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  • Print publication year: 2011
  • Online publication date: June 2014

Chapter 4 - The German colonial empire

Summary

Between 1884 and 1919, Germany amassed one of the largest colonial empires of the epoch. Most territories were ceded during the first months of the First World War, and Germany was officially dispossessed of her colonies at the Paris Peace Conference in 1919, when her former territories were handed over to the mandate powers. In geographical terms, the German colonial empire was focused on Africa, where it acquired its first territories in 1884 and 1885. Germany’s expansion was an integral part of the larger ‘scramble for Africa’ that substituted the ‘informal imperialism’ of control through military influence and economic dominance by that of direct rule. It was initiated with France’s move into Tunisia in 1881 and with the British take-over in Egypt in 1882, and formalized in 1884 with the ‘Congo Conference’, called by Bismarck and held in Berlin to settle competing claims over the Congo and West Africa. At the conference, in the absence of representatives from Africa, the European powers (including the Ottoman empire) laid down rules for the continent such as free access to the Congo and Niger rivers and the freedom of missionary activity in all of Africa. The most momentous of the provisions was the definition of colonial territories by the criterion of ‘effective occupation’, which triggered a rush to take possession of lands not yet annexed by European powers.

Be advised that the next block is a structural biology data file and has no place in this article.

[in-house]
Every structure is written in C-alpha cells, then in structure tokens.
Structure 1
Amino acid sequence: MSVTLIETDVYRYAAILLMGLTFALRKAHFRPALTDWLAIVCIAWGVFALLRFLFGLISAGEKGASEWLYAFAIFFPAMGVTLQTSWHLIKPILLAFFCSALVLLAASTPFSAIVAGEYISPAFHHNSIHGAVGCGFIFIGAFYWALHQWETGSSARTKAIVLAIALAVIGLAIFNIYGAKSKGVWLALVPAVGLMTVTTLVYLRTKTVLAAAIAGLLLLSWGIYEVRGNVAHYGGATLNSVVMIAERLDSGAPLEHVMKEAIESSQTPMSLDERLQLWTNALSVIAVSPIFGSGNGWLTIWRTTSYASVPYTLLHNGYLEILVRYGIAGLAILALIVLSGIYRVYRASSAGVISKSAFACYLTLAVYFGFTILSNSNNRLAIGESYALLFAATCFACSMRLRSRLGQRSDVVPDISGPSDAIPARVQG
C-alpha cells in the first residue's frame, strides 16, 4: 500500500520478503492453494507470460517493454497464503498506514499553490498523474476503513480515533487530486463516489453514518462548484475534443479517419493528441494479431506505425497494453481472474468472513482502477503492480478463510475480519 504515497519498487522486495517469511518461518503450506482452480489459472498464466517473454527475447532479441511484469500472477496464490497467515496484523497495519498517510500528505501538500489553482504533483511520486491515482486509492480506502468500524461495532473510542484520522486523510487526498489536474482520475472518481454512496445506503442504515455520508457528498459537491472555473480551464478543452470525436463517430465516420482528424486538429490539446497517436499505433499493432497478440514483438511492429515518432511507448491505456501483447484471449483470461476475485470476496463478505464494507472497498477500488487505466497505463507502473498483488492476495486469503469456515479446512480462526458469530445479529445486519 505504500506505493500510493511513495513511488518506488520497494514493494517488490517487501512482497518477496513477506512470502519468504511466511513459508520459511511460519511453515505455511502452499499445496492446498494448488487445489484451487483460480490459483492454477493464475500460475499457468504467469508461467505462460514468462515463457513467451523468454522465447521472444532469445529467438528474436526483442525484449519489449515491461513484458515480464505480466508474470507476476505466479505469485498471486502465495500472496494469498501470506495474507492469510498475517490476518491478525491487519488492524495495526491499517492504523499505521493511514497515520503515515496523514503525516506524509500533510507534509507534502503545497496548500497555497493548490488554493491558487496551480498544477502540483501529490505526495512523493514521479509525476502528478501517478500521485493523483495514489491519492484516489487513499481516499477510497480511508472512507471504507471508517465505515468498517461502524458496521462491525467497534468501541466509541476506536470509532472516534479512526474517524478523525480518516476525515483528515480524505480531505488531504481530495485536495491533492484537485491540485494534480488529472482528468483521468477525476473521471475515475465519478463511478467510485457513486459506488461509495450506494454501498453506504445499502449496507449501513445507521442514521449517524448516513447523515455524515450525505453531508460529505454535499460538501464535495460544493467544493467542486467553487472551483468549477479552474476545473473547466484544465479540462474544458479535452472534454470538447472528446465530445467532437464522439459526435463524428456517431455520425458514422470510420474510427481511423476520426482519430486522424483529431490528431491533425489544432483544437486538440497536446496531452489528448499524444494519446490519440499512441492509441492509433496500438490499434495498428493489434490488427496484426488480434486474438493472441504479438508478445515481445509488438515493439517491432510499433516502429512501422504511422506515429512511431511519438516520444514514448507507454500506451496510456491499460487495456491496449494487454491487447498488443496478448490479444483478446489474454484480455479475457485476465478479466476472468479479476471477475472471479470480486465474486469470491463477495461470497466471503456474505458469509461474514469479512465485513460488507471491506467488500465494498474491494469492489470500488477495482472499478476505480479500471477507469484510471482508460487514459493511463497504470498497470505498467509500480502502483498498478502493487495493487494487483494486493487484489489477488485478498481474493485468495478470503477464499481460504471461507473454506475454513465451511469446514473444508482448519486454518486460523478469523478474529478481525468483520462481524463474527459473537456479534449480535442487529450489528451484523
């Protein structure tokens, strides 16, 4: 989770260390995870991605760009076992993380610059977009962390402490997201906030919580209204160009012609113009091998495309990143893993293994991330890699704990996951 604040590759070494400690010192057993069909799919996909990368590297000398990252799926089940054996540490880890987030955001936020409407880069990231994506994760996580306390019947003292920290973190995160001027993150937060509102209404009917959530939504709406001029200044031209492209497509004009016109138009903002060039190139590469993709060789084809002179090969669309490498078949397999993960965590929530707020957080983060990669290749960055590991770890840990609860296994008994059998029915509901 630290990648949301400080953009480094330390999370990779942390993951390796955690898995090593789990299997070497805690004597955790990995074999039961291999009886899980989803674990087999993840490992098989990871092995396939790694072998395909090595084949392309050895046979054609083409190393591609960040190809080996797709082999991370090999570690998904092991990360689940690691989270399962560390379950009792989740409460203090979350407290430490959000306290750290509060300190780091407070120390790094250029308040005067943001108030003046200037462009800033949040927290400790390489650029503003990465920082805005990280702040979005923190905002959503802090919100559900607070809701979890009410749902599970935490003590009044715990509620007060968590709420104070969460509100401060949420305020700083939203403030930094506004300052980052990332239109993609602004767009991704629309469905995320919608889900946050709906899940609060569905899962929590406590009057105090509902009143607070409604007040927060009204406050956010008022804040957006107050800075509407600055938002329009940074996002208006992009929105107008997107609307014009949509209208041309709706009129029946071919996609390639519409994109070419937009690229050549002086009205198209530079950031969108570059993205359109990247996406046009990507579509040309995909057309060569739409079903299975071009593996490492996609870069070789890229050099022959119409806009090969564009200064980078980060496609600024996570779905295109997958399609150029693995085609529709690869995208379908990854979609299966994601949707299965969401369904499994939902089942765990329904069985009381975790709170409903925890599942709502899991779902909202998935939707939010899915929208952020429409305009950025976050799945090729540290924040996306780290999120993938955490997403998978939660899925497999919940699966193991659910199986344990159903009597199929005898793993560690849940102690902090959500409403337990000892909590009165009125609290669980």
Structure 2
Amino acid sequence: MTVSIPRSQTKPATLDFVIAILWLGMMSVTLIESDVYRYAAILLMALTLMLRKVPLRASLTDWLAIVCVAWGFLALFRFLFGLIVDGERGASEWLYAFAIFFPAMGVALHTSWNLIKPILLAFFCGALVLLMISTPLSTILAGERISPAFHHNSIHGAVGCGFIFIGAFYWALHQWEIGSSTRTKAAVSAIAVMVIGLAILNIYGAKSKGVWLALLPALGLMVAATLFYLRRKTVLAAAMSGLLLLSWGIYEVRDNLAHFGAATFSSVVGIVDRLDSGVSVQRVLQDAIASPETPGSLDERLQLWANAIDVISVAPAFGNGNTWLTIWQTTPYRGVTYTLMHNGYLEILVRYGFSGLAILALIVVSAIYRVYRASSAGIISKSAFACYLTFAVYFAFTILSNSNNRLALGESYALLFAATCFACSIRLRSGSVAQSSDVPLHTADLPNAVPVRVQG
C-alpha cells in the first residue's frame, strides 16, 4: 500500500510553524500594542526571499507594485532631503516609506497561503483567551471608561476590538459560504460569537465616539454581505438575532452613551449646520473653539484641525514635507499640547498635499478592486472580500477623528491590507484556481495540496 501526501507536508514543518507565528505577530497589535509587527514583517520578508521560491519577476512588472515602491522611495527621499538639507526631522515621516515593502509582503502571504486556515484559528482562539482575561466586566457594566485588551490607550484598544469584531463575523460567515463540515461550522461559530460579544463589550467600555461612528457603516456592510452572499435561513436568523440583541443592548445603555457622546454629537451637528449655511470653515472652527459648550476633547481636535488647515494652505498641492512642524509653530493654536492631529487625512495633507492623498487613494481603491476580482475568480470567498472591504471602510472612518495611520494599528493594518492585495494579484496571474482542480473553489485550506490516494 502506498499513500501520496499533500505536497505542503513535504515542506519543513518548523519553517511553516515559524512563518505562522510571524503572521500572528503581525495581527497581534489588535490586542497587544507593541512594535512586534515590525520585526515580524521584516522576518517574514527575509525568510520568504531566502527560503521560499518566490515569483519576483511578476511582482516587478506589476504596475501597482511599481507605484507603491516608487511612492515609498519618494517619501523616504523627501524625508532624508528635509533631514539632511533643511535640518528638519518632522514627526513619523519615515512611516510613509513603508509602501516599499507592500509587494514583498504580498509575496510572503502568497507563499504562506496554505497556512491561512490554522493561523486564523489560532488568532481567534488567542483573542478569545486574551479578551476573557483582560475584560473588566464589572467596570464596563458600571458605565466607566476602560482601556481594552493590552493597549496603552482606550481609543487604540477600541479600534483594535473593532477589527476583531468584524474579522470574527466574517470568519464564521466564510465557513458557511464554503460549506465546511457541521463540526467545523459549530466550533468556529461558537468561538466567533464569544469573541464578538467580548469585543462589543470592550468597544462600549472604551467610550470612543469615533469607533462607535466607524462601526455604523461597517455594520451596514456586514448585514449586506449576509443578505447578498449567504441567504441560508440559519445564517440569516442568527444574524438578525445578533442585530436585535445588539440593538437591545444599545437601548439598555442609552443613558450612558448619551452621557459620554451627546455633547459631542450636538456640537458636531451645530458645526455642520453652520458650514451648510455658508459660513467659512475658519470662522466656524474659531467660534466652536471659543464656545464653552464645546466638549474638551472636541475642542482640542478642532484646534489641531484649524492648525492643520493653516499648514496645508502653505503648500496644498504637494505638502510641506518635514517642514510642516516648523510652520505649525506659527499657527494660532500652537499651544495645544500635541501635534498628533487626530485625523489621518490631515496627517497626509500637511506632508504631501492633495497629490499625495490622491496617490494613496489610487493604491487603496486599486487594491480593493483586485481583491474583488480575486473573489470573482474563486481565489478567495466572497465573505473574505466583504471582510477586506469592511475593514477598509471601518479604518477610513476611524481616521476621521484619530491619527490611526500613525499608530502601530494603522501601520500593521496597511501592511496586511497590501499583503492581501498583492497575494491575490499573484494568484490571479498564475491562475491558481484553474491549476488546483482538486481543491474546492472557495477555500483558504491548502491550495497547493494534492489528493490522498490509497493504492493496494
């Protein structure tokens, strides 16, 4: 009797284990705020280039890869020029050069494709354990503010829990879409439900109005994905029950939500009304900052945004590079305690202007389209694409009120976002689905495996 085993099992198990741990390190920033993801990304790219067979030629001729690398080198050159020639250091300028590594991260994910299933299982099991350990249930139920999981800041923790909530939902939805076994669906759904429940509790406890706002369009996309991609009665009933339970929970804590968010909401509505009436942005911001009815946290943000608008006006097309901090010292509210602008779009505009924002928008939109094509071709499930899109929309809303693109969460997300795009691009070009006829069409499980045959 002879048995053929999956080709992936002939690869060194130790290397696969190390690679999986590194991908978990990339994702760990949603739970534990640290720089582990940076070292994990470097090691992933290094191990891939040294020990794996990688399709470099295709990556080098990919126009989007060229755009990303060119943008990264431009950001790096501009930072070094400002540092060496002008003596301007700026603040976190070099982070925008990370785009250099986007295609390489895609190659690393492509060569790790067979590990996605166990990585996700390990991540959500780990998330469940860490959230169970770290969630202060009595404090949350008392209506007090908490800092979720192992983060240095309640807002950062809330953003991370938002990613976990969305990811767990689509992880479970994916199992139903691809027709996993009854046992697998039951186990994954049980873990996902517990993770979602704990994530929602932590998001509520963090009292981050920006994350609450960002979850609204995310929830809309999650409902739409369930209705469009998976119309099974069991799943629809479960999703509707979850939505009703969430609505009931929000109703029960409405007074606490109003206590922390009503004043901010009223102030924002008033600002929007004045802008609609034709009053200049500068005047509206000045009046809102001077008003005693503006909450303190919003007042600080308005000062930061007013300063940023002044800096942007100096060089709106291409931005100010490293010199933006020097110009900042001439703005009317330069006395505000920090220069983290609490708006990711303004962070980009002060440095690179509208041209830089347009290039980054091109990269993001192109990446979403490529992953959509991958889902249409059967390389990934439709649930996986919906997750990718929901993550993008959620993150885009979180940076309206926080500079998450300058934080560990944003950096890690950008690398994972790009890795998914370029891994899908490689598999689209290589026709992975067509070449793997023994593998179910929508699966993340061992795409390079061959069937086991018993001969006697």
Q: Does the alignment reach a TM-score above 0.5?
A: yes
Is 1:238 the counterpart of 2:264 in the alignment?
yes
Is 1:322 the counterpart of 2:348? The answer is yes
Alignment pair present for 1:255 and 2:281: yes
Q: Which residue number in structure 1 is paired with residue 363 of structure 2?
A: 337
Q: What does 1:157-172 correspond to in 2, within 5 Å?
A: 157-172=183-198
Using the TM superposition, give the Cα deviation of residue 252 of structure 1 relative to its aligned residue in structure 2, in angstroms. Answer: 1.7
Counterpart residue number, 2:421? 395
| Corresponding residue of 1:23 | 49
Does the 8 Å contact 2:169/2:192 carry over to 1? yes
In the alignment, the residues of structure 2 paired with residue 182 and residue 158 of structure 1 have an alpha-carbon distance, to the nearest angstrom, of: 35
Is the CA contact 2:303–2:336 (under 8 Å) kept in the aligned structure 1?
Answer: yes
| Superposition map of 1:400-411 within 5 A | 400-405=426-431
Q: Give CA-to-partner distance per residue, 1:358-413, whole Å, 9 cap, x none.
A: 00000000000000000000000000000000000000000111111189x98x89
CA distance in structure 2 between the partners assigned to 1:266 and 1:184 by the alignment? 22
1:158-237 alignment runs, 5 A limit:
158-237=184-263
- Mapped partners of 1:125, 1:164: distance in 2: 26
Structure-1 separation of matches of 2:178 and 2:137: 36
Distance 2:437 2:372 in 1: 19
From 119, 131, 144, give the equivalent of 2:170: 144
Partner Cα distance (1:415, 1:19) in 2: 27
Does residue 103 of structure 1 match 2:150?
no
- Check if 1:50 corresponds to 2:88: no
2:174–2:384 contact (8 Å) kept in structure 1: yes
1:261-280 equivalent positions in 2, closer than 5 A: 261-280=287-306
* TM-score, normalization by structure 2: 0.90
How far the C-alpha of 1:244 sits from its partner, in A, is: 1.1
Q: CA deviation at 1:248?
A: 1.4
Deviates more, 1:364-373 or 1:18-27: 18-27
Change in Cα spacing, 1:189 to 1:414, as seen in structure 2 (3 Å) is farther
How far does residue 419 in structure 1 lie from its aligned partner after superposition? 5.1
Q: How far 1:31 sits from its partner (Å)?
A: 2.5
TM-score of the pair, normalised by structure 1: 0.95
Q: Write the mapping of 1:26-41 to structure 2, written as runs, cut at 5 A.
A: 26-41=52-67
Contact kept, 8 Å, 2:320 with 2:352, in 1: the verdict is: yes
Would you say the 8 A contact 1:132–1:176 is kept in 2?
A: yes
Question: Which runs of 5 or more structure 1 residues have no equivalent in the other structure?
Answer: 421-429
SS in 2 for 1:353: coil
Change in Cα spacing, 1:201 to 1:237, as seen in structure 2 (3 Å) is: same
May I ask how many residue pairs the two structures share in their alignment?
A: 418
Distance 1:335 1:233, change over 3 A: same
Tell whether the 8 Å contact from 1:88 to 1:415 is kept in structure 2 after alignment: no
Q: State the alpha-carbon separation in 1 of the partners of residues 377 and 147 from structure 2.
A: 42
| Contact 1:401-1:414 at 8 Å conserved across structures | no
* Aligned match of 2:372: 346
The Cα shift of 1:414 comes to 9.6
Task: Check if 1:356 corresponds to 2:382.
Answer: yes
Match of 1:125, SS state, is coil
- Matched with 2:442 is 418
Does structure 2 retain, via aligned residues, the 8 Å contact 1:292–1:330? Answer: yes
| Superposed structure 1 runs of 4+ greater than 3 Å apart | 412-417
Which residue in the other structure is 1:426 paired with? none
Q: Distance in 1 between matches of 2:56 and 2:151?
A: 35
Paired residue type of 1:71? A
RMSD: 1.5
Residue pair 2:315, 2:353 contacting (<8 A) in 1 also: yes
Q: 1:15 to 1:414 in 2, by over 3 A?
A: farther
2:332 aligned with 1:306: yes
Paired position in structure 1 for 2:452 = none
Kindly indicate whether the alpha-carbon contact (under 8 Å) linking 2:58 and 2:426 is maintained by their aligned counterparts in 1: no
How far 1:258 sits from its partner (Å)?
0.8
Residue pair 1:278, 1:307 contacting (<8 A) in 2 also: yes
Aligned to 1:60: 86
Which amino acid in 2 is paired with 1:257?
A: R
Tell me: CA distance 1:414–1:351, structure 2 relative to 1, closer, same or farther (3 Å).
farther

The smaller areas in north-eastern China and in the Pacific were added only in 1897 and 1899. German expansion into east and south-east Asia, too, was an element in a larger European (and Japanese) contest over commercial privileges, strategic military bases, and spheres of influence in the region. Also in the following years, colonial lobbyists continued to disseminate plans, and more often fantasies, to further enlarge the colonial empire. Among the places preferred by colonial lobbyists were Morocco (which forced Germany into deep foreign policy crises in 1905 and 1911), the Belgian Congo (as an ingredient in plans to create a German Central Africa), the Portuguese possessions (parts of Angola and Mozambique), Brazil, Chile, and the Middle East. But these projects added more to the diplomatic difficulties of the Kaiserreich than to its empire. With the annexation of Kiaochow, Samoa and New Guinea, German expansion had come to an end.

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